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White House: Sequestration Would Mean Big Cuts to Food Safety Inspections

If Congress allows the sequester to kick in on March 1, cuts to food safety would be one of the “most damaging” consequences of the automatic budget reductions, according to a memo put out by the White House on Friday.

The analysis by the Obama administration’s Office of Management and Budget said the U.S. Food and Drug Administration could conduct 2,100 fewer inspections at domestic and foreign food facilities and the U.S Department of Agriculture’s Food Safety and Inspection Service could have to furlough all employees for approximately two weeks to meet the across the board budget cuts.

“These reductions could increase the number and severity of safety incidents, and the public could suffer more foodborne illness, such as the recent salmonella in peanut butter outbreak and the E. coli illnesses linked to organic spinach, as well as cost the food and agriculture sector millions of dollars in lost production volume,” read the memo.

The document says the cuts put families “at risk.”

Potential public health impacts aside, the U.S. meat industry would come to a stand still because plants are not allowed to operate without FSIS inspectors on hand.

According to the Hagstom Report (subscription only), last week Agriculture Secretary Tom Vilsack called the sequester “horrible policy” and cited the impact to food safety as one example.

“As soon as you take an inspector off the floor, that plant shuts down,” said Vilsack. According to the report, Vilsack added that removing inspectors even for a short period of time could impact several thousand workers and would severely impact meat prices and supply.

The Obama administration also listed a number of other potential consequences to the automatic cuts, including kicking off 70,000 young children from the Head Start preschool program, eliminating funding for 7,200 special education teachers, aides, and staff, and reducing loan guarantees for small businesses by up to $450 million.

“There is no question that we need to cut the deficit, but the President believes it should be done in a balanced way that protects investments that the middle class relies on,” said the White House in the memo.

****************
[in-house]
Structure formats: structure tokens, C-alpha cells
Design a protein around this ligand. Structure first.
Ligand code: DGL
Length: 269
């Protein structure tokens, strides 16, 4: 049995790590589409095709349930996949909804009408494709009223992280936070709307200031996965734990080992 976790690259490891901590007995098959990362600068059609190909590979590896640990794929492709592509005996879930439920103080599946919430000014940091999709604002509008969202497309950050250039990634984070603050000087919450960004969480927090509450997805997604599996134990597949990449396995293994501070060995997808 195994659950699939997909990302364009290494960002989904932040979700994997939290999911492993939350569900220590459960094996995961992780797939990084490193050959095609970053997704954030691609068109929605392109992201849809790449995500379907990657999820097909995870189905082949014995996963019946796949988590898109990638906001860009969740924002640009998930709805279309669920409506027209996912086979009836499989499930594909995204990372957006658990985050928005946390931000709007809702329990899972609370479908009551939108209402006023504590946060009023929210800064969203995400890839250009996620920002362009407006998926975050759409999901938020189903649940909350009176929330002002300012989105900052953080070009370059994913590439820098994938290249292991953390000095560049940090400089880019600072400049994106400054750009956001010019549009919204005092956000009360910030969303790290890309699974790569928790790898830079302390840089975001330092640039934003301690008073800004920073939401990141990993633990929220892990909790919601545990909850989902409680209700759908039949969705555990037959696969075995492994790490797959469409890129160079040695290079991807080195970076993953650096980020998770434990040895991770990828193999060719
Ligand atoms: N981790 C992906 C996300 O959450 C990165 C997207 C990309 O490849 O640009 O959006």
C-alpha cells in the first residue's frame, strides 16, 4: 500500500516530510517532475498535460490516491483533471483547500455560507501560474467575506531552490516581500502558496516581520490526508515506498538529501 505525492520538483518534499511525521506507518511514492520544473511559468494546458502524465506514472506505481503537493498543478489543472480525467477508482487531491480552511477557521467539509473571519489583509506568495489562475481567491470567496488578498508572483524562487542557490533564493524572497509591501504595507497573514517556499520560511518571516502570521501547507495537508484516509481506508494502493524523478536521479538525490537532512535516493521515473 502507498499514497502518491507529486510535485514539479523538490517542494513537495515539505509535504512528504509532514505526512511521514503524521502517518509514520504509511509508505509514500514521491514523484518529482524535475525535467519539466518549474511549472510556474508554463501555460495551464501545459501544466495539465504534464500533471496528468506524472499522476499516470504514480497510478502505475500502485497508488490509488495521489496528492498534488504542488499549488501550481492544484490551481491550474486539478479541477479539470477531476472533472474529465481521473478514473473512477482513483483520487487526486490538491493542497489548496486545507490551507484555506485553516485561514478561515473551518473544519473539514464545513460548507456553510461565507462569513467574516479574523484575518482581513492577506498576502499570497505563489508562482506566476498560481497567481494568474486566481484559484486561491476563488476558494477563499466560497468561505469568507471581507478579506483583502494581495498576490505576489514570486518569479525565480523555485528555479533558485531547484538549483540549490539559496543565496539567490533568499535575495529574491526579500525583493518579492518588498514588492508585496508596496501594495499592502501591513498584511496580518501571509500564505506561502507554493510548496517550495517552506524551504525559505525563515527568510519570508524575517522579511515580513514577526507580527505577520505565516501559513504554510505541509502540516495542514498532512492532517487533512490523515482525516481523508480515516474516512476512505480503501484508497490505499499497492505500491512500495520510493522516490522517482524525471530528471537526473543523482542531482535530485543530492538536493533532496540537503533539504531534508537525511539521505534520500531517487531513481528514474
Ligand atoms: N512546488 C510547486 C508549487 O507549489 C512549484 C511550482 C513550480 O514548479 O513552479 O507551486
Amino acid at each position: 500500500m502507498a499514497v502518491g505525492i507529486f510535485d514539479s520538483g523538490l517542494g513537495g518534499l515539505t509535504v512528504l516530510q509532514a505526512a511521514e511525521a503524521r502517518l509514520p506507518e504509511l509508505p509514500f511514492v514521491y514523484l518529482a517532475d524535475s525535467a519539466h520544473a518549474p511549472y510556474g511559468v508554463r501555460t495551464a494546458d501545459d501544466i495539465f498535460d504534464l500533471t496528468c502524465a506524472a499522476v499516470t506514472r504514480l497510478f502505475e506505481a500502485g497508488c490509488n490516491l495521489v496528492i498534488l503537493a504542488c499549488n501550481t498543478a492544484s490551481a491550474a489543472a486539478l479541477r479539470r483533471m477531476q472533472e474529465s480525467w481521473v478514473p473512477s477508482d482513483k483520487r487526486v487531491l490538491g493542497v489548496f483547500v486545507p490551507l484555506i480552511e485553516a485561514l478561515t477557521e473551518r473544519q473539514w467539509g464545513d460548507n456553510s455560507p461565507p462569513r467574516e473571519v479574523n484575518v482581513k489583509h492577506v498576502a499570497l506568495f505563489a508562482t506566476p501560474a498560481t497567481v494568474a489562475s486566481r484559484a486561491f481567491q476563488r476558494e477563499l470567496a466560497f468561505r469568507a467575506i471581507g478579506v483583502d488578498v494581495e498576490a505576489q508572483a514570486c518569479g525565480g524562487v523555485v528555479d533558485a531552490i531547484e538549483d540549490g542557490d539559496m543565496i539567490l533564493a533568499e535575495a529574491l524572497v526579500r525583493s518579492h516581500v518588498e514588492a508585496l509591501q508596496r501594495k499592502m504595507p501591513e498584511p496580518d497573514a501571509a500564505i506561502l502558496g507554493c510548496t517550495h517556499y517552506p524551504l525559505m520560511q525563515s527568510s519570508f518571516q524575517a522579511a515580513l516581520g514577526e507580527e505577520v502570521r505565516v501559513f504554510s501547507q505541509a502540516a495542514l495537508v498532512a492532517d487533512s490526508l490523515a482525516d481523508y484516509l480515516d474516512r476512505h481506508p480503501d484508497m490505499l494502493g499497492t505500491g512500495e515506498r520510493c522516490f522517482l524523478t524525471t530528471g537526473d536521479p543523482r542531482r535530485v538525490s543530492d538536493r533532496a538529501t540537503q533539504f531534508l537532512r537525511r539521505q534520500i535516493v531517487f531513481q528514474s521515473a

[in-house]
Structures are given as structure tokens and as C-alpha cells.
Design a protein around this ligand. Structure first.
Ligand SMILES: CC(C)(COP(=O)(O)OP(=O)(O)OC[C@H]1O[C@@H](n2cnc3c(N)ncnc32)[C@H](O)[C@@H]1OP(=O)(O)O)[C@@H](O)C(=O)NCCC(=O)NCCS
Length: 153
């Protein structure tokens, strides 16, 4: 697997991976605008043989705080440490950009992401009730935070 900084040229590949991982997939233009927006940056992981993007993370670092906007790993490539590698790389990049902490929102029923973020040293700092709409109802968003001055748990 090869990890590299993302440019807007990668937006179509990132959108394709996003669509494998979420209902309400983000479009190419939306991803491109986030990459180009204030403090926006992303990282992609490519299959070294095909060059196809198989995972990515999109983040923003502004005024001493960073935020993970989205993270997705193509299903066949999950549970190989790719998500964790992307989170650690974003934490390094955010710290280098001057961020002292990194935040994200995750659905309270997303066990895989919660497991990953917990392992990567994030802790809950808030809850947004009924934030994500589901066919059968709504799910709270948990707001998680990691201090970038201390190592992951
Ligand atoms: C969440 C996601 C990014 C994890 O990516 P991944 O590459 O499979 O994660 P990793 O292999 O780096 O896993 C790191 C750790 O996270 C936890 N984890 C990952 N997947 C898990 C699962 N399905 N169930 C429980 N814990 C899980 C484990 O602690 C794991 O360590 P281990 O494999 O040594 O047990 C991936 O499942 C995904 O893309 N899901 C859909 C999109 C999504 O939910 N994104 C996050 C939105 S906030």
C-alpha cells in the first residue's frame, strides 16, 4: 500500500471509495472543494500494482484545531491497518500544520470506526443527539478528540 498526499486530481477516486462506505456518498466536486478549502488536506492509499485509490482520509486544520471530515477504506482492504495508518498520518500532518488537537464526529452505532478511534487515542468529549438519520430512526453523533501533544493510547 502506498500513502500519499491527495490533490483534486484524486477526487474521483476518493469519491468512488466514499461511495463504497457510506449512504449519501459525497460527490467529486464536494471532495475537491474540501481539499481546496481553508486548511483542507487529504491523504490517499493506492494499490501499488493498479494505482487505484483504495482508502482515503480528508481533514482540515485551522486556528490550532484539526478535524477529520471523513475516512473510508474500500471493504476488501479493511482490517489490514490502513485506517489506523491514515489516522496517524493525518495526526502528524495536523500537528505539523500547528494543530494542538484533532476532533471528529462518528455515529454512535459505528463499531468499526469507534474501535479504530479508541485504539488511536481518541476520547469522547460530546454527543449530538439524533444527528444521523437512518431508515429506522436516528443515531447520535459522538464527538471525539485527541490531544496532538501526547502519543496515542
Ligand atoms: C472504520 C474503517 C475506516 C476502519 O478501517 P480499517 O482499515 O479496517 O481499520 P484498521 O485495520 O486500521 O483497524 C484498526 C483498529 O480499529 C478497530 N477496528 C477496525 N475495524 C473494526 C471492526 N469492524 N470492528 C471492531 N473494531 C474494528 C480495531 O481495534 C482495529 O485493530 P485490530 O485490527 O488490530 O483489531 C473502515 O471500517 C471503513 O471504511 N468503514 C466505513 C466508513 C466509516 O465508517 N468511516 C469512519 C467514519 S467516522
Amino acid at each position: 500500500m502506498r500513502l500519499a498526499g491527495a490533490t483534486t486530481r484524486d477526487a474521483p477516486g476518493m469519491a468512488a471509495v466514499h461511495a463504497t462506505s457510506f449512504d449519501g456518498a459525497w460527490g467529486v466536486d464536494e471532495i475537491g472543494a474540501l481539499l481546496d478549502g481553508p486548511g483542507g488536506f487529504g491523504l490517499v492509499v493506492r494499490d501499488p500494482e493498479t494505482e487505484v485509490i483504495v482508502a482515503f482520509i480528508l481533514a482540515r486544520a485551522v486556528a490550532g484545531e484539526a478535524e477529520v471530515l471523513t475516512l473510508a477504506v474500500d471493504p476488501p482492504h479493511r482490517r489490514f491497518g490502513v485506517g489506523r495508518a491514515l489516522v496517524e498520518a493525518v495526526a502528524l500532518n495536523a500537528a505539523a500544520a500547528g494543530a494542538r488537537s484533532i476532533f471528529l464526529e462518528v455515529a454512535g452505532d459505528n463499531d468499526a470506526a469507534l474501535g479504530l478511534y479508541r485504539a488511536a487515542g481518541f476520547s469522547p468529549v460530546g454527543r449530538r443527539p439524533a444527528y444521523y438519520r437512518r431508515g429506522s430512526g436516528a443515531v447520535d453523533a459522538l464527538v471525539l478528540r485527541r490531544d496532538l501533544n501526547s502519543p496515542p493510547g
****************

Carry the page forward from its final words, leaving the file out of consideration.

According to the OMB’s estimates, the sequestration will require an annual reduction of roughly 5 percent for nondefense programs and roughly 8 percent for defense programs, but because the cuts will be felt over 7 months instead of a full year, the effective percentage is actually 9 percent for nondefense and 13 percent for defense.

Whether leaders in Washington will eventually strike a deal to avoid the sequester remains to be seen.

Photo by Alice Welch, courtesy of USDA.

© Food Safety News
  • http://www.facebook.com/tamara.delafuente3 Tamara De La Fuente

    This could possibly impact the health and well being of our nation’s school children, I hope there’s a contigency plan or workaround solution

  • Richard Raymond

    While I believe sequestration is a fool’s way to avoid having to make specific cuts that make sense in an effort to balance a budget out of control, I do not buy into the statements that there is a public health risk from a decline in food safety activities. The White House memo mentions the peanut butter fiasco and the E coli outbreak related to organic spinach as examples of the types of outbreaks we might see if FDA money is cut. But wait just a minute, doesn’t our President realize those outbreaks occurred while FDA was “properly” funded? And as for meat and poultry safety, there just is no sense in what the memo is implying. If you lay off inspectors the plants have to close. Period. No meat or poultry products produced without the current layer of inspection. The plant owners suffer, the consumers suffer higher prices, the 42 day old broilers suffer if no slaughter plants are open, etc., but any meat sold was inspected by USDA.  

  • WashburnBill

    Don’t we already have sufficient propaganda from the White House without the help of Food Safety News and the CLFP?
    All the president needs to do to avoid the sequestration is to make the long overdue reductions in the budget. It’s hard to believe that the White House believes their own propaganda or they would be working harder to avoid sequestration rather than trying to lay all the blame on others. Without a doubt, the long term effects of excessive spending by the government will do much greater harm to the public than will the minor cuts caused by sequestration. Rather than just reporting the White House propaganda, couldn’t Food Safety News (and the CLFP) show some balance by reporting the views of others on the subject?

  • http://twitter.com/RegsRock Regs Rock

    We need to ensure that all the products sold in the U.S., including our food are safe. The budget cuts to the Food and Drug Administration (FDA) could cause 2,100 fewer inspections at domestic and foreign food facilities and the Food Safety Inspection Service could furlough all employees for approximately two weeks. These cuts will result in new incidents of food contamination and life-threatening foodborne illnesses.
    When lack a lack of regulation leads to foodborne illness, the economy and individuals suffer. We need these standards and their enforcement in place to protect our public health.

  • scipio

    Let’s see what happens. It is sad that when “rich” people suffer something gets done; when the “not so rich & powerful” suffer the story seems to be little different. Maybe it’s time for a veto rather than helping only the most privileged among us.\Or maybe this is a plutocracy or what was the term, kleptocracy?

  • scipio

    If religion were a thing that money could buy, the rich (in money & power) would live & the poor would die.

    Seems this applies to sequestration too.